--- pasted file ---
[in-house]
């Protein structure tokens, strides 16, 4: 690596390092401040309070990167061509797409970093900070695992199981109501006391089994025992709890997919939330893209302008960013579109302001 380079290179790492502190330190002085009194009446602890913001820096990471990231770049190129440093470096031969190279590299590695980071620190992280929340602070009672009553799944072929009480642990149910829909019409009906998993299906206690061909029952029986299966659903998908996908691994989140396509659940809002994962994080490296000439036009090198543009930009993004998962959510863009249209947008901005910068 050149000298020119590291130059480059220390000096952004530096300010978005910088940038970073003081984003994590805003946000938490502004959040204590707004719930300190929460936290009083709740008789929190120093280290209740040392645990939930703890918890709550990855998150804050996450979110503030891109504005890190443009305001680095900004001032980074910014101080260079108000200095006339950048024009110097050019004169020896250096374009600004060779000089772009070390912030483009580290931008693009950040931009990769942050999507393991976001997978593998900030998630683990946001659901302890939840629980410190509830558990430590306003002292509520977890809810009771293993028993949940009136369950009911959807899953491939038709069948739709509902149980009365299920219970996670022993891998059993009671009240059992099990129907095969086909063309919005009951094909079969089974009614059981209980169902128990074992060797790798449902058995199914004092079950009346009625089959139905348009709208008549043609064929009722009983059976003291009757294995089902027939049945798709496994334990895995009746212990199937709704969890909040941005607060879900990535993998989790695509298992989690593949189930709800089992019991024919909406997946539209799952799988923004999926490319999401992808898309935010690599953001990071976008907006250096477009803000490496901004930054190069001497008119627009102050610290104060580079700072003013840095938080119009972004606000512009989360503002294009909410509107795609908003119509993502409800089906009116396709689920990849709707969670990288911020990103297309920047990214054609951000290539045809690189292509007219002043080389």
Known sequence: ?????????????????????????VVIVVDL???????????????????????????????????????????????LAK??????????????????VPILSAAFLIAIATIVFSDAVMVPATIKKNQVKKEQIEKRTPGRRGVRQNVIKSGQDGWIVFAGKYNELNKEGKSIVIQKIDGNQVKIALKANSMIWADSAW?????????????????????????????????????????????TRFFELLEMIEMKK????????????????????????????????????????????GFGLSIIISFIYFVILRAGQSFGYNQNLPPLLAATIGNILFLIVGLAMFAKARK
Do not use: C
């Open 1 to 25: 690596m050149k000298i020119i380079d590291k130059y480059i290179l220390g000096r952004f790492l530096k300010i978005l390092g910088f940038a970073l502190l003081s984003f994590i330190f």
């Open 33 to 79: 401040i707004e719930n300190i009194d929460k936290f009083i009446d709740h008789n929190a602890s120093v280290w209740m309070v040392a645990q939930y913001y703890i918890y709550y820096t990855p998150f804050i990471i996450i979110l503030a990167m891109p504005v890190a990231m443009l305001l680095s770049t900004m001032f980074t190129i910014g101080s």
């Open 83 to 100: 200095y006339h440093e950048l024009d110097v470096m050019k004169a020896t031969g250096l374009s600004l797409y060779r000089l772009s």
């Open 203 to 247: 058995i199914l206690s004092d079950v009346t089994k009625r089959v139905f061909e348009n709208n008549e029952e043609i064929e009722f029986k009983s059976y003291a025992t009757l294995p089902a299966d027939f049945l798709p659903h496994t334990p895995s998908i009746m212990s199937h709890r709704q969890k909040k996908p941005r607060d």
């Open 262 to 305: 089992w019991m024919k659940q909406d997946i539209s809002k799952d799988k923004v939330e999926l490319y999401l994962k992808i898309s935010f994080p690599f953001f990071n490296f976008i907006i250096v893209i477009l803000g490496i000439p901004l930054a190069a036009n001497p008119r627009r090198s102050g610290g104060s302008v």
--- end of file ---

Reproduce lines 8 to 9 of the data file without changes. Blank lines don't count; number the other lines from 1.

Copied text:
């Open 203 to 247: 058995i199914l206690s004092d079950v009346t089994k009625r089959v139905f061909e348009n709208n008549e029952e043609i064929e009722f029986k009983s059976y003291a025992t009757l294995p089902a299966d027939f049945l798709p659903h496994t334990p895995s998908i009746m212990s199937h709890r709704q969890k909040k996908p941005r607060d």
């Open 262 to 305: 089992w019991m024919k659940q909406d997946i539209s809002k799952d799988k923004v939330e999926l490319y999401l994962k992808i898309s935010f994080p690599f953001f990071n490296f976008i907006i250096v893209i477009l803000g490496i000439p901004l930054a190069a036009n001497p008119r627009r090198s102050g610290g104060s302008v």